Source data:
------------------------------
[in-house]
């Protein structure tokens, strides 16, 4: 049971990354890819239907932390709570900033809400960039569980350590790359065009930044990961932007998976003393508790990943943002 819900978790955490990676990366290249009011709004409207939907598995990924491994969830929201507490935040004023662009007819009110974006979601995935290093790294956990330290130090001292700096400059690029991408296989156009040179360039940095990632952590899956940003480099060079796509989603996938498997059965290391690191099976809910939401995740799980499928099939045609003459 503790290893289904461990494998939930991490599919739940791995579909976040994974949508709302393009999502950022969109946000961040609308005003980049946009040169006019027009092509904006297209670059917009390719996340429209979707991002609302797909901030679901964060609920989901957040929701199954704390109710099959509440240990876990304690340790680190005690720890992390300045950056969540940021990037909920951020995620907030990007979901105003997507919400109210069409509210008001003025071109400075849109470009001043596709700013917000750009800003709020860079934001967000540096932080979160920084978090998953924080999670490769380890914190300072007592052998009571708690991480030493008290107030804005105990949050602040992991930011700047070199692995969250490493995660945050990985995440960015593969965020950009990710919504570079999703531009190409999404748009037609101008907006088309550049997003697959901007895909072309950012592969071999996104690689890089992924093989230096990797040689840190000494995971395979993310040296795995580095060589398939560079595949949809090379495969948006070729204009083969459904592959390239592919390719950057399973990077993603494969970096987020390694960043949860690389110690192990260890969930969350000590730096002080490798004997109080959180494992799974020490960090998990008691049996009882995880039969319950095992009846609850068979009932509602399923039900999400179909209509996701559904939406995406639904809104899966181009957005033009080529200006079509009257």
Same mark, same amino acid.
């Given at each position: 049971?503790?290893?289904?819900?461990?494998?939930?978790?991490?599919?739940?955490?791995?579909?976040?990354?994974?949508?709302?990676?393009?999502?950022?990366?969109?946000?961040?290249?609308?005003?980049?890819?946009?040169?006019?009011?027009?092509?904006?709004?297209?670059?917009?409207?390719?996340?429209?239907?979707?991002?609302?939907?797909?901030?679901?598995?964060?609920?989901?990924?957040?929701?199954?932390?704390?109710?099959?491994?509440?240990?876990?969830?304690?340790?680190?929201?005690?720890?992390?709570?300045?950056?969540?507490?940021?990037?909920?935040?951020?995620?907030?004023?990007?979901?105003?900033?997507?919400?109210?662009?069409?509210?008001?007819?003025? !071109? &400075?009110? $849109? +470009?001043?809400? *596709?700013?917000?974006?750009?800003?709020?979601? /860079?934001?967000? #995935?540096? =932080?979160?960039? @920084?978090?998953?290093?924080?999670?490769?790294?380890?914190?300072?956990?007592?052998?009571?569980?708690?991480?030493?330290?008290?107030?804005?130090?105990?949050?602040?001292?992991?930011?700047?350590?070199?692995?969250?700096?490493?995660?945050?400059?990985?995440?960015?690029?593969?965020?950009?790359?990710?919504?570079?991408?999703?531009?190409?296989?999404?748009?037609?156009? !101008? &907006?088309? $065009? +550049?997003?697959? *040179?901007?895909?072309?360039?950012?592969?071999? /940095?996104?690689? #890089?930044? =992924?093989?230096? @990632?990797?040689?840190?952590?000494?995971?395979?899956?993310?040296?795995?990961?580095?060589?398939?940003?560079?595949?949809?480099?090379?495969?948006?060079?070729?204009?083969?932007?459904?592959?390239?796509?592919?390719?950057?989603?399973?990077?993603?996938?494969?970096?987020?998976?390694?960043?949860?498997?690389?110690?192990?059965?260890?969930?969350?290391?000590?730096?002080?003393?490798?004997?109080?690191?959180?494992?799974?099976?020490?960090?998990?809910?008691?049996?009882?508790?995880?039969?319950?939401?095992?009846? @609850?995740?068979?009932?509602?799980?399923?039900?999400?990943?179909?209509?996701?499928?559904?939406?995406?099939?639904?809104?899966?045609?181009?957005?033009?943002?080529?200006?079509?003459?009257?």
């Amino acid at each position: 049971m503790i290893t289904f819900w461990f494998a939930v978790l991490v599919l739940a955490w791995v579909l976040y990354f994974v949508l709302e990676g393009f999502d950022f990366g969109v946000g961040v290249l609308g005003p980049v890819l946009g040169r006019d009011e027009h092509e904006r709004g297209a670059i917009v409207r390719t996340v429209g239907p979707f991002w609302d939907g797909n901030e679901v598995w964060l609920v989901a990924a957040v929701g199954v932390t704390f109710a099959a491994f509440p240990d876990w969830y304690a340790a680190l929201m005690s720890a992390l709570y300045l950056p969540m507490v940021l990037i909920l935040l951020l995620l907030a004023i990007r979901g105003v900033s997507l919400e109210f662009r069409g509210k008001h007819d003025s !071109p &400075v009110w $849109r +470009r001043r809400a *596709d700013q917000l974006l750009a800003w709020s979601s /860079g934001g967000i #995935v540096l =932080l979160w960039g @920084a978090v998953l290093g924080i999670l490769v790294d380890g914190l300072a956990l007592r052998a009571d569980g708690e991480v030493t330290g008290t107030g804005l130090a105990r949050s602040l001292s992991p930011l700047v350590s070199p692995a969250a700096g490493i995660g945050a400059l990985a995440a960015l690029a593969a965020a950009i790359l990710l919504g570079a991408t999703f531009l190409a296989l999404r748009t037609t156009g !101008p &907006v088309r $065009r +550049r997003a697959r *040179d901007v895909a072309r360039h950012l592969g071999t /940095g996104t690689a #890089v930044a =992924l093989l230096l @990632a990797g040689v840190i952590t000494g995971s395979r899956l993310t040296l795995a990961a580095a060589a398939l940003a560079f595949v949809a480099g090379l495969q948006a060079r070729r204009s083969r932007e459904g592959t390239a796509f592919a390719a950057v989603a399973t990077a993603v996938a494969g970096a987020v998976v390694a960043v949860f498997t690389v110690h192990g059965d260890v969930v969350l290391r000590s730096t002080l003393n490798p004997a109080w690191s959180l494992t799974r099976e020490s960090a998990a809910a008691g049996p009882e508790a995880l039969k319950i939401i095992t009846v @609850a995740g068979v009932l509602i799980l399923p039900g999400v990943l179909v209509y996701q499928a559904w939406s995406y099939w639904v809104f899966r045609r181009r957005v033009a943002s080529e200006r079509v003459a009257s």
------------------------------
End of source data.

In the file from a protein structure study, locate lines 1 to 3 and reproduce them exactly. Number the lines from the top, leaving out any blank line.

[in-house]
């Protein structure tokens, strides 16, 4: 049971990354890819239907932390709570900033809400960039569980350590790359065009930044990961932007998976003393508790990943943002 819900978790955490990676990366290249009011709004409207939907598995990924491994969830929201507490935040004023662009007819009110974006979601995935290093790294956990330290130090001292700096400059690029991408296989156009040179360039940095990632952590899956940003480099060079796509989603996938498997059965290391690191099976809910939401995740799980499928099939045609003459 503790290893289904461990494998939930991490599919739940791995579909976040994974949508709302393009999502950022969109946000961040609308005003980049946009040169006019027009092509904006297209670059917009390719996340429209979707991002609302797909901030679901964060609920989901957040929701199954704390109710099959509440240990876990304690340790680190005690720890992390300045950056969540940021990037909920951020995620907030990007979901105003997507919400109210069409509210008001003025071109400075849109470009001043596709700013917000750009800003709020860079934001967000540096932080979160920084978090998953924080999670490769380890914190300072007592052998009571708690991480030493008290107030804005105990949050602040992991930011700047070199692995969250490493995660945050990985995440960015593969965020950009990710919504570079999703531009190409999404748009037609101008907006088309550049997003697959901007895909072309950012592969071999996104690689890089992924093989230096990797040689840190000494995971395979993310040296795995580095060589398939560079595949949809090379495969948006070729204009083969459904592959390239592919390719950057399973990077993603494969970096987020390694960043949860690389110690192990260890969930969350000590730096002080490798004997109080959180494992799974020490960090998990008691049996009882995880039969319950095992009846609850068979009932509602399923039900999400179909209509996701559904939406995406639904809104899966181009957005033009080529200006079509009257």
Same mark, same amino acid.